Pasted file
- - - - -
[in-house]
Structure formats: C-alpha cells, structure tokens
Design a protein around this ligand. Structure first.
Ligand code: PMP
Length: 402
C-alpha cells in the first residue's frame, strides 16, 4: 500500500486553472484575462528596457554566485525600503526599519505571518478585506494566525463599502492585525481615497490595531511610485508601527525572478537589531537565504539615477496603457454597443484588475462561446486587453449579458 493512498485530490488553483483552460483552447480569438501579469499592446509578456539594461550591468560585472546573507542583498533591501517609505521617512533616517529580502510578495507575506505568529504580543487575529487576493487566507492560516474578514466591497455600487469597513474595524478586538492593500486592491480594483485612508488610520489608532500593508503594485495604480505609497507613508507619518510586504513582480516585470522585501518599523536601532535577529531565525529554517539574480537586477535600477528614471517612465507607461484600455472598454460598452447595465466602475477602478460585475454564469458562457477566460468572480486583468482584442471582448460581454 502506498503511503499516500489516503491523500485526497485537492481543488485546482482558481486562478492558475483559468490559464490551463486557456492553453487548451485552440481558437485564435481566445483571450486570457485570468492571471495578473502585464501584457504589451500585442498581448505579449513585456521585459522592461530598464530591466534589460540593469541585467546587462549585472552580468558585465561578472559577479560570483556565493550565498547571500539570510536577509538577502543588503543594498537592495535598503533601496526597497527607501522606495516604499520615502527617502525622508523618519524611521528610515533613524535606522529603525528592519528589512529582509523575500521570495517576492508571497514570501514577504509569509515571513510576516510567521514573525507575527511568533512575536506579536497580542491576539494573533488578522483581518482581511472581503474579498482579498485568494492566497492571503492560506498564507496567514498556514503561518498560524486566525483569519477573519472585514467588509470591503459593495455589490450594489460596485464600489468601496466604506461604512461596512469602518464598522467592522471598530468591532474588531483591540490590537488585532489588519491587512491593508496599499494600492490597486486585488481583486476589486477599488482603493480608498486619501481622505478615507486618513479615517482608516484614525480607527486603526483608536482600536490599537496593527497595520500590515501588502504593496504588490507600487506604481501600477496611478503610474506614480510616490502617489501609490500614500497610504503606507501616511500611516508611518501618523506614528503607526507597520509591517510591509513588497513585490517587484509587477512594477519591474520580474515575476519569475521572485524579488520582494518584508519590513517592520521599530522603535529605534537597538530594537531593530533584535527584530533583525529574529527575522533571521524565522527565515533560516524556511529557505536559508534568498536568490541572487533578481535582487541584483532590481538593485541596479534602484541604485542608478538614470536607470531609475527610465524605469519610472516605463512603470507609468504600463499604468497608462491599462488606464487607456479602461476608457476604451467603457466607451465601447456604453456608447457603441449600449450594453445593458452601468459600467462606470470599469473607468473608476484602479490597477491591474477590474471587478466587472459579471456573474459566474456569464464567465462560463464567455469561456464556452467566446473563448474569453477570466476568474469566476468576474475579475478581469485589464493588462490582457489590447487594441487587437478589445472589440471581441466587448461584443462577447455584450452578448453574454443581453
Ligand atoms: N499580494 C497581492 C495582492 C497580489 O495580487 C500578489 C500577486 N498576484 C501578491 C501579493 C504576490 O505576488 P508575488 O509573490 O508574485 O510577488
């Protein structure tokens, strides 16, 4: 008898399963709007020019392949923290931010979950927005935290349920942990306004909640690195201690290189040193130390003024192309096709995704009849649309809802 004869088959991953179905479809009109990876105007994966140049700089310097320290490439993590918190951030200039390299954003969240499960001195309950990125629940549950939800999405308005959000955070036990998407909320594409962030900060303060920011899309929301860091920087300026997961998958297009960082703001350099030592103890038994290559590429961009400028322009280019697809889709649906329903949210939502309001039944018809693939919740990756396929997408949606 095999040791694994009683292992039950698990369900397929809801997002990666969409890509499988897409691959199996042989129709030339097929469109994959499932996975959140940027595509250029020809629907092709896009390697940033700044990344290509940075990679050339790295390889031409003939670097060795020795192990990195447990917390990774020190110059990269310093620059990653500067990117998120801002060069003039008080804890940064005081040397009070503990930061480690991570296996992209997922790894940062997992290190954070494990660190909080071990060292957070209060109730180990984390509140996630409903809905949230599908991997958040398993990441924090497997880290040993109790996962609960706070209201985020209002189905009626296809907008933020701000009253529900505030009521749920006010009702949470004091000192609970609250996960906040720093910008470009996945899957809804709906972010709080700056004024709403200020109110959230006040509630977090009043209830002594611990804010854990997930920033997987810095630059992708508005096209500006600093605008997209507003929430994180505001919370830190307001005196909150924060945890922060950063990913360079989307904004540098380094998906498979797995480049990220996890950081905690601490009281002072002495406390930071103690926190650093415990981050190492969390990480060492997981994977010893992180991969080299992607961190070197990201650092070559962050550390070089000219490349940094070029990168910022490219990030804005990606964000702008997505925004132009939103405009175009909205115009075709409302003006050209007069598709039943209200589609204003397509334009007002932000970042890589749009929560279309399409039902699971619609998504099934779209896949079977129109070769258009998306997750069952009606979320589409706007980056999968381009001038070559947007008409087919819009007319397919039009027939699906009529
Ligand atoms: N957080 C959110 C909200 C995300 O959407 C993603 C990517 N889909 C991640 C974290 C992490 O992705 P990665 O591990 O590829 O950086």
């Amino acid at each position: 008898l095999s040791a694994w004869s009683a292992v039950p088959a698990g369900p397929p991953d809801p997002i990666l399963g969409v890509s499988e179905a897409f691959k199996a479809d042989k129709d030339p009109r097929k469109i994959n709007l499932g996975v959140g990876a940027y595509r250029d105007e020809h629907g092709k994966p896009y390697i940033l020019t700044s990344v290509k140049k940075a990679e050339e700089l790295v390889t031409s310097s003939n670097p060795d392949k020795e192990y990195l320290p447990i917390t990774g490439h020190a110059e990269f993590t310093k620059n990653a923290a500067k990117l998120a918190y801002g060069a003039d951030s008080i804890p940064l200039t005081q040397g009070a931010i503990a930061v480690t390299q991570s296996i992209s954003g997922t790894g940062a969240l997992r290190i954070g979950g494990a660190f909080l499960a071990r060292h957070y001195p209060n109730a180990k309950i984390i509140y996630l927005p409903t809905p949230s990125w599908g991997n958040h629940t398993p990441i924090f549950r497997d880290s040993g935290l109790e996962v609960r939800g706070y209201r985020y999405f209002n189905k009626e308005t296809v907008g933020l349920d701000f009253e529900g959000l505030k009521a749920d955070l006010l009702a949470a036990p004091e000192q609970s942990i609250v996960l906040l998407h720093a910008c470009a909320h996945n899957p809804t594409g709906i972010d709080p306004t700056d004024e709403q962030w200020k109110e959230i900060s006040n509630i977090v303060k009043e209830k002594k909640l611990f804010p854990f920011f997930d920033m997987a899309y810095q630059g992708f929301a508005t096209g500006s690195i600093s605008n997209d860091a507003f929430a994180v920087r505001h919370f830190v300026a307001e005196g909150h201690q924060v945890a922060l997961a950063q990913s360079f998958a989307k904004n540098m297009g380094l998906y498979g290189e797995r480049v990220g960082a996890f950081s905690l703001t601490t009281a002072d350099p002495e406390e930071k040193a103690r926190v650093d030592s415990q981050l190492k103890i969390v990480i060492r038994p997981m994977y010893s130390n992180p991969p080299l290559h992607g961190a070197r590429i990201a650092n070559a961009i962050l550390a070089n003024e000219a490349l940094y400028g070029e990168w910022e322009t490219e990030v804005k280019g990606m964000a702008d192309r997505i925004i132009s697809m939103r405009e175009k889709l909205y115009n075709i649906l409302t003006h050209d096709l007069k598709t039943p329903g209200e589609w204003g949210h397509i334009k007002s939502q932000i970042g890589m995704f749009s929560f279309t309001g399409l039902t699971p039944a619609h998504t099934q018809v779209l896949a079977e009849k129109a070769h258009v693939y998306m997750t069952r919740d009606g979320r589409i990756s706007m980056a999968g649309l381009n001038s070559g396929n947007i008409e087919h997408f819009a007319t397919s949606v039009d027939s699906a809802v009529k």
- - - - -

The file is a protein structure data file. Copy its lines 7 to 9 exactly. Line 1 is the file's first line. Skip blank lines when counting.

Ligand atoms: N499580494 C497581492 C495582492 C497580489 O495580487 C500578489 C500577486 N498576484 C501578491 C501579493 C504576490 O505576488 P508575488 O509573490 O508574485 O510577488
């Protein structure tokens, strides 16, 4: 008898399963709007020019392949923290931010979950927005935290349920942990306004909640690195201690290189040193130390003024192309096709995704009849649309809802 004869088959991953179905479809009109990876105007994966140049700089310097320290490439993590918190951030200039390299954003969240499960001195309950990125629940549950939800999405308005959000955070036990998407909320594409962030900060303060920011899309929301860091920087300026997961998958297009960082703001350099030592103890038994290559590429961009400028322009280019697809889709649906329903949210939502309001039944018809693939919740990756396929997408949606 095999040791694994009683292992039950698990369900397929809801997002990666969409890509499988897409691959199996042989129709030339097929469109994959499932996975959140940027595509250029020809629907092709896009390697940033700044990344290509940075990679050339790295390889031409003939670097060795020795192990990195447990917390990774020190110059990269310093620059990653500067990117998120801002060069003039008080804890940064005081040397009070503990930061480690991570296996992209997922790894940062997992290190954070494990660190909080071990060292957070209060109730180990984390509140996630409903809905949230599908991997958040398993990441924090497997880290040993109790996962609960706070209201985020209002189905009626296809907008933020701000009253529900505030009521749920006010009702949470004091000192609970609250996960906040720093910008470009996945899957809804709906972010709080700056004024709403200020109110959230006040509630977090009043209830002594611990804010854990997930920033997987810095630059992708508005096209500006600093605008997209507003929430994180505001919370830190307001005196909150924060945890922060950063990913360079989307904004540098380094998906498979797995480049990220996890950081905690601490009281002072002495406390930071103690926190650093415990981050190492969390990480060492997981994977010893992180991969080299992607961190070197990201650092070559962050550390070089000219490349940094070029990168910022490219990030804005990606964000702008997505925004132009939103405009175009909205115009075709409302003006050209007069598709039943209200589609204003397509334009007002932000970042890589749009929560279309399409039902699971619609998504099934779209896949079977129109070769258009998306997750069952009606979320589409706007980056999968381009001038070559947007008409087919819009007319397919039009027939699906009529
Ligand atoms: N957080 C959110 C909200 C995300 O959407 C993603 C990517 N889909 C991640 C974290 C992490 O992705 P990665 O591990 O590829 O950086």